Chronic Obstructive Pulmonary Disease (COPD) is a chronic, life-threatening lung disease and the third leading cause of death worldwide. Active smoking is the main risk factor, while other factors such as occupational factors, infections and the role of air pollution are becoming more influential . In the Netherlands approximately 325,000 people are formally diagnosed with COPD and more than 6,000 people die of COPD annually . Clinical practice guidelines have been developed to assist healthcare practitioners in clinical decision making, by providing recommendations about appropriate healthcare for specific circumstances . In the Netherlands an evidence-based guideline for physical therapy diagnosis and treatment in patients with COPD was issued by the Royal Dutch Society for Physical Therapy (KNGF) and developed according to a rigorous procedure . An important component of the guideline is the recommended use of measurement instruments to establish parameters for treatment and evaluation .
Publication of guidelines does not automatically lead to their uptake and change of physical therapists’ behavior based on guideline recommendations shows room for improvement . Several studies reported multiple barriers for adherence of physical therapists to clinical guidelines and measurement instruments [7–9]. Multifaceted implementation strategies are more likely to result in change of professional behavior compared to educational activities [10–12], and a comprehensive implementation strategy is essential in promoting the uptake of clinical guidelines. Such an implementation strategy should be tailored to specific barriers and facilitators . Therefore, assessment of specific barriers is important for implementation planning.
The focus of many interventions to enhance uptake is aimed at health care practitioners (knowledge, skills, attitude), although social factors (influence of patients, colleagues, stakeholders) and external factors (financial, organizational, regulatory influences, guideline characteristics) are also important to address when designing implementation strategies .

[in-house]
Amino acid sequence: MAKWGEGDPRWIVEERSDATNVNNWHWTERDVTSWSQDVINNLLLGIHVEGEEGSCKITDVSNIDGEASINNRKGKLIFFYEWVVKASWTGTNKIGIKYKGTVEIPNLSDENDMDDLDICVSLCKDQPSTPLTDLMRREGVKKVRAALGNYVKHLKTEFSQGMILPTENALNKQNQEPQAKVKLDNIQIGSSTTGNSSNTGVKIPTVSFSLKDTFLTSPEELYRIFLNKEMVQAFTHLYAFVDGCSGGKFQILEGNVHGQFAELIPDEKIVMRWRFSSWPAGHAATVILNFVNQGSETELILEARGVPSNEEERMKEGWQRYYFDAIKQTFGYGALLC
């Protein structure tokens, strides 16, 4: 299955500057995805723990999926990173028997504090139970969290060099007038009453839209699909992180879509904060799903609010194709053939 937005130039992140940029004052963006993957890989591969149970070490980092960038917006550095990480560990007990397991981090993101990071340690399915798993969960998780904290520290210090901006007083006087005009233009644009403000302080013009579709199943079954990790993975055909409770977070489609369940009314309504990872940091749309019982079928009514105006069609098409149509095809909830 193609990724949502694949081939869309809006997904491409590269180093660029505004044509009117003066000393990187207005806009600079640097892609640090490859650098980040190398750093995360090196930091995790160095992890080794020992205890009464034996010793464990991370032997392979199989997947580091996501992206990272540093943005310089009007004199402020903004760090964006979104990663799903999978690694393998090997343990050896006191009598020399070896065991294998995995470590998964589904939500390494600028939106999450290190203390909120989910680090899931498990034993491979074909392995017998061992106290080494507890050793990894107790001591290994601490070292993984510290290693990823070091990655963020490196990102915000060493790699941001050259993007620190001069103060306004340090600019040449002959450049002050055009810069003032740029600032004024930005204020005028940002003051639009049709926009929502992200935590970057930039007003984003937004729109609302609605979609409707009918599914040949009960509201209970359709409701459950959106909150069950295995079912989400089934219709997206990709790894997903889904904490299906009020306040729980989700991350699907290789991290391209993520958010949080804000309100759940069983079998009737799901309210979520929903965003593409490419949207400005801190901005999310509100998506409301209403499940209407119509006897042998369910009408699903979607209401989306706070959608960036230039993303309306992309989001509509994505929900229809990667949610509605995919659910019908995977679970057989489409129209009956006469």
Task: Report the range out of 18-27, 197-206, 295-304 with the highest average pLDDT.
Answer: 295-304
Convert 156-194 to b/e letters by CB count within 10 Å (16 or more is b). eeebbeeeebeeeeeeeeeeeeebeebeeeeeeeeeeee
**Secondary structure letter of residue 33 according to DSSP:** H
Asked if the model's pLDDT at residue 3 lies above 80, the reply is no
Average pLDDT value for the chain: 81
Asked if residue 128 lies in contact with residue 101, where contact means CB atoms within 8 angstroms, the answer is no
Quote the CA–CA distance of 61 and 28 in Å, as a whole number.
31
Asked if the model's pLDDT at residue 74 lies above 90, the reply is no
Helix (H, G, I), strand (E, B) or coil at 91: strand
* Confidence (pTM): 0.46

Several theories and models exist to understand behavioral change of healthcare practitioners [15–18]. These models suggest that behavior is determined by three important factors: attitude, defined as positive and negative beliefs associated with a particular behavior; social norms, defined as beliefs of reference persons about a particular behavior; and self-efficacy expectations, defined as abilities to perform a particular behavior. Such models have been used to develop frameworks for implementation in order to identify barriers to change at different healthcare levels . Each type of barrier may require a specific intervention, and the analysis of facilitators and barriers is a crucial step in a systematic approach for designing implementation interventions. Methods such as intervention mapping  or the behavior change wheel approach  can be used to design and select interventions.
A recently updated systematic review showed that interventions tailored to prospectively identified barriers are more likely to improve professional practice compared to no intervention or dissemination of guidelines only. Barriers are typically identified using interviews and questionnaires, while the most effective ways to identify barriers are unknown . There is a need for valid methods to identify specific barriers for the topic of interest, integrated in comprehensive approaches for designing implementation strategies.
In the Netherlands a questionnaire was developed and tested among general practitioners to identify barriers for the implementation of clinical practice guidelines . The questionnaire allows for tailoring to specific context and target groups, and has been used in follow-up studies to conduct surveys among Dutch general practitioners and physical therapists [22, 23]. To identify barriers towards the use of measurement instruments, a general questionnaire was developed in assessing the attitude of physical therapists by asking their beliefs about the use of measurement instruments and reasons for (not) using measurement instruments . We were interested whether the combined use of these two available questionnaires may be useful to identify barriers to implementing the Dutch physical therapy COPD guideline.
The specific objective of our study was to construct a questionnaire for reliable and valid assessment of barriers and facilitators among Dutch physical therapists for implementing the COPD guideline and its recommended measurement instruments.